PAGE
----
President Trump Issues New Travel Ban Barring Travel from Seven Countries
Sunday night, President Trump issued a new executive order indefinitely banning almost all travel to the United States from seven countries, including most of the nations covered by his original travel ban and adding North Korea, Chad and Venezuela. Sudan has been dropped from the list. The new order cites threats to national security posed by letting their citizens into the United States.
The new order, which will take effect on October 18, imposes a permanent ban on travel, rather than the 90-day suspension that President Trump authorized soon after taking office. Officials say his new action was the result of a deliberative, rigorous examination of security risks designed to avoid the chaotic rollout of his first ban. The addition of non-Muslim countries could address the legal attacks on earlier travel restrictions as discrimination based on religion.
Beginning next month, most citizens of Iran, Libya, Syria, Yemen, Somalia, Chad and North Korea will be banned from entering the U.S. Citizens of Iraq and some groups of people in Venezuela who seek to visit the U.S. will face restrictions or heightened scrutiny.
The original ban caused turmoil at airports in January and set off a furious legal challenge to the president’s authority. It was followed in March by a revised ban which expired on Sunday, even as the Supreme Court is set to hear arguments about its constitutionality on October 10.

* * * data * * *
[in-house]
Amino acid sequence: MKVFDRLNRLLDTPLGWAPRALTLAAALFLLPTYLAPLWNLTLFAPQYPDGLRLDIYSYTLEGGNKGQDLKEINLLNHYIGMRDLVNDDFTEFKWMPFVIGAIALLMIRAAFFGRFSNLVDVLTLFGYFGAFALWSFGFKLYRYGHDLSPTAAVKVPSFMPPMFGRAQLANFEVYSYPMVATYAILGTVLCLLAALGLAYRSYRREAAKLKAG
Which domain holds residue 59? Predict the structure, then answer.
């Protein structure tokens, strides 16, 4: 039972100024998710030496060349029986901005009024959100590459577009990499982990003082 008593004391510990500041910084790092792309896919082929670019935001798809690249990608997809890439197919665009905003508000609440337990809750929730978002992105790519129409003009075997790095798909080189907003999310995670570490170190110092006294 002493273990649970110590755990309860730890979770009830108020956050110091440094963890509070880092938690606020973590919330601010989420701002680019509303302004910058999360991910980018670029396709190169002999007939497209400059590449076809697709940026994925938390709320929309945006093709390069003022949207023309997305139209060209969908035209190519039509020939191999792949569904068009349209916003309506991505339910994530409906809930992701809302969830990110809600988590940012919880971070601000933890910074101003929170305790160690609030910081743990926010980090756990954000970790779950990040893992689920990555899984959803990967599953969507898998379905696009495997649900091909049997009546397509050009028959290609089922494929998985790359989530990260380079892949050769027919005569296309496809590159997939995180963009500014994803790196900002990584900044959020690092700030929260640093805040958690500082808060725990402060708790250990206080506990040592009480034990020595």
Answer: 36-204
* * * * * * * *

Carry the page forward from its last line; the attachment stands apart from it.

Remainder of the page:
Officials describe the new order as a much more targeted effort than the earlier one. Each of the countries will be under its own set of travel restrictions, though in most cases citizens of the countries will be unable to emigrate to the United States permanently and most will be barred from coming to work, study or vacation in the U.S.
Iran, for example, will still be able to send its citizens on student exchanges, though such visitors will be subject to enhanced screening. Certain government officials of Venezuela and their families will be barred from visiting the United States. Somalis will no longer be allowed to emigrate to the United States, but may visit with extra screening.
Officials say that the new rules would not apply to legal permanent residents of the United States and that visitors who currently hold valid visas from the countries listed will not have their visas revoked. This means that students already in the United States can finish their studies and employees of businesses in the United States who are from the targeted countries may stay for as long as their existing visas remain valid. People whose visas expire will be subject to the travel ban.
People seeking access to the United States as refugees are not covered by the proclamation. Entry of refugees is currently limited by the president’s original travel ban and officials say the administration is preparing new rules for refugees that should be announced within days.
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